[Mailman-Users] Mailman causing strange slowdown in SMTP

Brad Knowles brad at stop.mail-abuse.org
Sat Aug 12 02:33:26 CEST 2006

At 12:42 AM -0500 2006-08-11, Craig Pettersen wrote:

>  Thanks for the response.  The slow down has continued and nothing I've tried
>  has helped.  I answer the questions put to me in context below.  Any further
>  ideas would be greatly appreciated.

Just a guess, but have you stopped the MTA, moved the mail queue 
directory structure aside, re-created the mail queue directory 
structure with the same ownership and permissions, and then restarted 
the MTA?  You'll need to find a way to get all that old mail 
processed, but that would at least get you accepting new mail again 
faster -- until the next time when you have to do this kind of 
process all over again.

The problem here is that mail queue directories get bigger and 
bigger, and never shrink.  So, even if you think you only have a 
hundred files in the queue, if you look in the deep filesystem 
structure there may be space for hundreds of thousands or millions of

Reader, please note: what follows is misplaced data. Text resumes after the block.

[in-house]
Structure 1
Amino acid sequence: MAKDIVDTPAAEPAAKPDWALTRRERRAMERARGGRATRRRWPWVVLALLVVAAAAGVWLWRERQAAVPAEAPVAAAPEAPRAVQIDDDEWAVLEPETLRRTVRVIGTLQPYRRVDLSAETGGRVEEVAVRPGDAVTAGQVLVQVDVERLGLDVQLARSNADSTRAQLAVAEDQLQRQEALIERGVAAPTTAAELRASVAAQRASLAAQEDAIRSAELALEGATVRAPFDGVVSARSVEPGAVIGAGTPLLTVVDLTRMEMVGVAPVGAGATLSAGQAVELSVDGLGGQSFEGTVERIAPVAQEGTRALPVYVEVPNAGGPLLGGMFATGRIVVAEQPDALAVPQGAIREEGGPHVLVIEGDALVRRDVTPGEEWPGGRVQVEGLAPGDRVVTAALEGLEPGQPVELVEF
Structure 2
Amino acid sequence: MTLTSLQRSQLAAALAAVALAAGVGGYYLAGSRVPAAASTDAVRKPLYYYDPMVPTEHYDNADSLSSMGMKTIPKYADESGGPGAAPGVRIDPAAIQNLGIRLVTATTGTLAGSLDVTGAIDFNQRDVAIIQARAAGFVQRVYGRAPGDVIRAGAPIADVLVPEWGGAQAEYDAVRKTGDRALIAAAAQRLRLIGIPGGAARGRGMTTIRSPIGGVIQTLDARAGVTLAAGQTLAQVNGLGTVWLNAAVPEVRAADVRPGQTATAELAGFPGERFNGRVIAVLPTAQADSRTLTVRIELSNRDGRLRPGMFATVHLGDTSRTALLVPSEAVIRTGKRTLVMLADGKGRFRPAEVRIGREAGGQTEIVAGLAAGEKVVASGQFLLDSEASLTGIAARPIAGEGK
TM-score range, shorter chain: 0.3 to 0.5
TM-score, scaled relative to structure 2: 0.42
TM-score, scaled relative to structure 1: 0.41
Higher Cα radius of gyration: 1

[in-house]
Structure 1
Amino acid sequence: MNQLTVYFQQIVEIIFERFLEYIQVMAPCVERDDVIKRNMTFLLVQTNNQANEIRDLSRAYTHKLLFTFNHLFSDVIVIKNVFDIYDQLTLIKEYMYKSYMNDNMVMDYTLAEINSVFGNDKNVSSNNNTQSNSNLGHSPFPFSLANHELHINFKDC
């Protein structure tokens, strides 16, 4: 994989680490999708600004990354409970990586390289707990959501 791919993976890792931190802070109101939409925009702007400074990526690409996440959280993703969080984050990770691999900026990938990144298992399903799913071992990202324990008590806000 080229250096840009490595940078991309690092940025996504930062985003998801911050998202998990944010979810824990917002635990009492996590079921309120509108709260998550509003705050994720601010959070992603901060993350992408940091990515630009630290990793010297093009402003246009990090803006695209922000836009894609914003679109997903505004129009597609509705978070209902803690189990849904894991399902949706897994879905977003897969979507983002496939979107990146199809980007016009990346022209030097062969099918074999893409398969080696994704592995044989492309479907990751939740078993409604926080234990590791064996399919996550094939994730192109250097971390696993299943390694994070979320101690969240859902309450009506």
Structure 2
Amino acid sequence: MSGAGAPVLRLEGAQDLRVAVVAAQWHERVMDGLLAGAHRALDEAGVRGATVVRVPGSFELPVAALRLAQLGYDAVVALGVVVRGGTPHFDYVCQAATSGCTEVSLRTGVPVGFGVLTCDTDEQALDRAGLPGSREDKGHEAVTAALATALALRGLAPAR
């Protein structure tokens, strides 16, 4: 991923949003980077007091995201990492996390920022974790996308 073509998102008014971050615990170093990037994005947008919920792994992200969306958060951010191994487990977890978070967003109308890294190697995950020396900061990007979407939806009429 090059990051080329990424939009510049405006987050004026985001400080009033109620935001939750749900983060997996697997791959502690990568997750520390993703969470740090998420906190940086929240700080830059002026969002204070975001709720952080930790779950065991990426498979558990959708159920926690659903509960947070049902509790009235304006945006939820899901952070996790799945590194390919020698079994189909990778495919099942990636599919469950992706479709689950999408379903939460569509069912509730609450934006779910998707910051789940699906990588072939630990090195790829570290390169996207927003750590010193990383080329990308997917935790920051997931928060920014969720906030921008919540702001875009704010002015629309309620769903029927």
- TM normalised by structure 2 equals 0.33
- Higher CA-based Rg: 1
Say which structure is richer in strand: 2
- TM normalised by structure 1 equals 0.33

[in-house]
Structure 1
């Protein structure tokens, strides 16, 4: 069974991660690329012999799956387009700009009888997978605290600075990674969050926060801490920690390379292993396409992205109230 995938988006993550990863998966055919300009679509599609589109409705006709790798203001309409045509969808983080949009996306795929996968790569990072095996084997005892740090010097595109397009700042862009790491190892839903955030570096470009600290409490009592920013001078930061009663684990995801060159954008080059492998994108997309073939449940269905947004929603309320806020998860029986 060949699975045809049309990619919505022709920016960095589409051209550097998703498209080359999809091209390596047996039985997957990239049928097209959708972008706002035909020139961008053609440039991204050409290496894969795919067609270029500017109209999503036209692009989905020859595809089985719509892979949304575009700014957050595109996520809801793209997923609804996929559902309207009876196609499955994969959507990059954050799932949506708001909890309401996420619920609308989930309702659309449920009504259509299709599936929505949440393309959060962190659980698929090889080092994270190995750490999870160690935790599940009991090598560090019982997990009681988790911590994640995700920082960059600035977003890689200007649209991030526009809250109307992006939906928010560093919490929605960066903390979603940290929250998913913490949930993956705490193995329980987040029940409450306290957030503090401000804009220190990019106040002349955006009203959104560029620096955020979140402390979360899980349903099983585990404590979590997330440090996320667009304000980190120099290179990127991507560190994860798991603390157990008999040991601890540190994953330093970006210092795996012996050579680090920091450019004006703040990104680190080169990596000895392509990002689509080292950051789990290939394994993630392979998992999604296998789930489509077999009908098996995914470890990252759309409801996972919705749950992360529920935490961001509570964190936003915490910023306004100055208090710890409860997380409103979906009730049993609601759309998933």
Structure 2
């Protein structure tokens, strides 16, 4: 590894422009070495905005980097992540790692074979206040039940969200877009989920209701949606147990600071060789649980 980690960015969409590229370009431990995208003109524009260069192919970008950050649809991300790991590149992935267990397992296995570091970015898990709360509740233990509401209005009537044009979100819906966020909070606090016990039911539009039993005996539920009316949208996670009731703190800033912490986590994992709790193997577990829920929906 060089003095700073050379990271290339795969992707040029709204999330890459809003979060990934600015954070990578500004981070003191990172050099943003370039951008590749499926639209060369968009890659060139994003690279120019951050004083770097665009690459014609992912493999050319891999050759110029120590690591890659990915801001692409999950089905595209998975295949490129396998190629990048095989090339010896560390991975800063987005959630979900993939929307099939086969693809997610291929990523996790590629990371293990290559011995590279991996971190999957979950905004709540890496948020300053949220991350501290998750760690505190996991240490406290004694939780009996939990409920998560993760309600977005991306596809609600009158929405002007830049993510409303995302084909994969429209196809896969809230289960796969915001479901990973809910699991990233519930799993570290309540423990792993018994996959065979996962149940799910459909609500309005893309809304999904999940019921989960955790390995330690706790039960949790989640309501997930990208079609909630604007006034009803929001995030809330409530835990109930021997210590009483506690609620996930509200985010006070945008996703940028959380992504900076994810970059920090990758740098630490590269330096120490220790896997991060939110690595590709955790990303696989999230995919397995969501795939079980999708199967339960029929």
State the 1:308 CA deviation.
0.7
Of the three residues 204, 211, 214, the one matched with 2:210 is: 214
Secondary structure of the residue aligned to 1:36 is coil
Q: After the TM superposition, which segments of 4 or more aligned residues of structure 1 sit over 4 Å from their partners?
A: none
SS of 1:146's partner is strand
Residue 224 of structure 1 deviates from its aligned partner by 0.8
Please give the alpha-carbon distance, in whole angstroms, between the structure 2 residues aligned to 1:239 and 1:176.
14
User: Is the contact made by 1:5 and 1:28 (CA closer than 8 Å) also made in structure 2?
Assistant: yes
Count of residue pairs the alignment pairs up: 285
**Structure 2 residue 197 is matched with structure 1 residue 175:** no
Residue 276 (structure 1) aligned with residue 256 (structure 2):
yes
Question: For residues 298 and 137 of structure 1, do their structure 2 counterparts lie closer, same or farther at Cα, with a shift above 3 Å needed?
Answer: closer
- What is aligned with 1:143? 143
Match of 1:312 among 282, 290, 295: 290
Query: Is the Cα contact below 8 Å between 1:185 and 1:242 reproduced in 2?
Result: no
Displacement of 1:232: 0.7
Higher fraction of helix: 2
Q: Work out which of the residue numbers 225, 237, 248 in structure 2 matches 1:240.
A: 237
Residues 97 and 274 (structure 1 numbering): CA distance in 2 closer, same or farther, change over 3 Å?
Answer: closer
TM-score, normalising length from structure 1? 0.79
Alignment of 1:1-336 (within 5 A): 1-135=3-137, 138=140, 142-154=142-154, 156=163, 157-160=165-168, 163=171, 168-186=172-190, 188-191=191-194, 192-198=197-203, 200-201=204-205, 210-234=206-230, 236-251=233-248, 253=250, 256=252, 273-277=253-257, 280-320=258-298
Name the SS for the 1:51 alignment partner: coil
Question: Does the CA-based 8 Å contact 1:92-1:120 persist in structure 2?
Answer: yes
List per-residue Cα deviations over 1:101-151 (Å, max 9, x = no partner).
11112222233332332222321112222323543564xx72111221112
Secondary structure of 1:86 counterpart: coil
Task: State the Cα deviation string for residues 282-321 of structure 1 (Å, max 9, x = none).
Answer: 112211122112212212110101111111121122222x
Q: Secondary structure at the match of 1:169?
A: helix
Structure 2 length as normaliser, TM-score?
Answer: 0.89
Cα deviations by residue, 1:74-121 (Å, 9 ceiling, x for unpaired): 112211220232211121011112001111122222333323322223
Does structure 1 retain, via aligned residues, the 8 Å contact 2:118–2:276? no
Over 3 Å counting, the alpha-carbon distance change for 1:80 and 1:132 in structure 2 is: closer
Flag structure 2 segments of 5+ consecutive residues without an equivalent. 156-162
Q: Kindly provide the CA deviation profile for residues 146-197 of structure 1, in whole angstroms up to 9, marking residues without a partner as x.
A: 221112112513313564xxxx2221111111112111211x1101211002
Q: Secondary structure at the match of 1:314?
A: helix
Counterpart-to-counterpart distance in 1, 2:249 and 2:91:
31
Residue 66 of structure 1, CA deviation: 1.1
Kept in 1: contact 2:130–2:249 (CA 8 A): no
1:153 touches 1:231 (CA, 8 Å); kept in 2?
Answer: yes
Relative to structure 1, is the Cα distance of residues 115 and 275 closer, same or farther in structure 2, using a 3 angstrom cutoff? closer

files, dating back from a time when you had a serious backlog in the 
past.  Problem is, when the MTA is trying to create new files in the 
queue directory to represent a given message, the code to create a 
new file has to lock the entire directory structure from all changes 
by any other process, search the entire directory structure to ensure 
that there are no other files by that same name, and only then can it 
actually create the file, unlock the directory, and return the file 
handle to the calling program.

Mailman can suffer from this same problem, too.  Same solution -- 
stop the program, move the queue directory structure aside, recreate 
the queue directory structure with the same ownership and 
permissions, then restart the program.  And you also have to find a 
way to deal with all those old messages sitting in the queue that has 
now been set aside.

The only other thing I can think of is that your MTA is trying to do 
an IDENT query (which usually time out at ten to fifteen seconds), or 
some other sort of anti-spam/anti-virus processing on your outbound 
mail.  If the latter is the case, then you want to turn that off for 
outbound mail from the mailing list, since that should have been 
scanned on input.

Other than that, I'm out of ideas for the moment.

Brad Knowles, <brad at stop.mail-abuse.org>

"Those who would give up essential Liberty, to purchase a little
temporary Safety, deserve neither Liberty nor Safety."

     -- Benjamin Franklin (1706-1790), reply of the Pennsylvania
     Assembly to the Governor, November 11, 1755

  Founding Individual Sponsor of LOPSA.  See <http://www.lopsa.org/>.

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